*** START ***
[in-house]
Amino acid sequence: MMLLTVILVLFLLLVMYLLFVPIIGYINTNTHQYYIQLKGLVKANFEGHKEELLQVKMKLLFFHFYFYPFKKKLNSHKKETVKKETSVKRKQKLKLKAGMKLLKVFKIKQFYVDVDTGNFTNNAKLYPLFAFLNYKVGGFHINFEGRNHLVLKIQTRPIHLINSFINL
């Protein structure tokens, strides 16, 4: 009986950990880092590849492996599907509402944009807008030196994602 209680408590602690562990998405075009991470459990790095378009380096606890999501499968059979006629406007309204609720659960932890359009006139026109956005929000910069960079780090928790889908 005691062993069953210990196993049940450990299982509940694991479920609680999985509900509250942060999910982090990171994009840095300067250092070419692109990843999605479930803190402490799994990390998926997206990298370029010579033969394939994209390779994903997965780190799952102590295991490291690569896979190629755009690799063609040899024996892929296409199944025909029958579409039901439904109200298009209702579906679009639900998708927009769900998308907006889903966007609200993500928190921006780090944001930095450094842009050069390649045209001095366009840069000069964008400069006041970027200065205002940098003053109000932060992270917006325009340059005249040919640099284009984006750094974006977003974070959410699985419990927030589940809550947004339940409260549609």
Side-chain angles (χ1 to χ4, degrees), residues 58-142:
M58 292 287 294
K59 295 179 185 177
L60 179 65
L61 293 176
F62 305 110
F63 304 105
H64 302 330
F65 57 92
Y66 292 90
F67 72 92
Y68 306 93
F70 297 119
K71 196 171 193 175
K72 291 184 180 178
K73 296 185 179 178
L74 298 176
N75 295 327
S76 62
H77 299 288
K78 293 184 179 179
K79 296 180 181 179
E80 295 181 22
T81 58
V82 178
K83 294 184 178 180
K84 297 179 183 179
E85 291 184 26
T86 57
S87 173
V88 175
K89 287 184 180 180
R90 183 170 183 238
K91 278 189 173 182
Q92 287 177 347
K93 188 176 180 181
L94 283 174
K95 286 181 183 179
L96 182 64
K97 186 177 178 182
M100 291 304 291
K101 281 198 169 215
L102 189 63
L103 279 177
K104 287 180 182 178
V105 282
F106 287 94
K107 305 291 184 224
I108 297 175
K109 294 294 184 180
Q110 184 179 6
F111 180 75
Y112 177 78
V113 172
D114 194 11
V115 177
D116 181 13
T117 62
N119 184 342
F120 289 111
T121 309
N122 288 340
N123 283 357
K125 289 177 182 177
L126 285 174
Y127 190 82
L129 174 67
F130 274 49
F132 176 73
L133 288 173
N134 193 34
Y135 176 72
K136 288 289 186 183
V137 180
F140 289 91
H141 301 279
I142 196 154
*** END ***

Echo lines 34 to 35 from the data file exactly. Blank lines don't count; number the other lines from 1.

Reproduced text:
V88 175
K89 287 184 180 180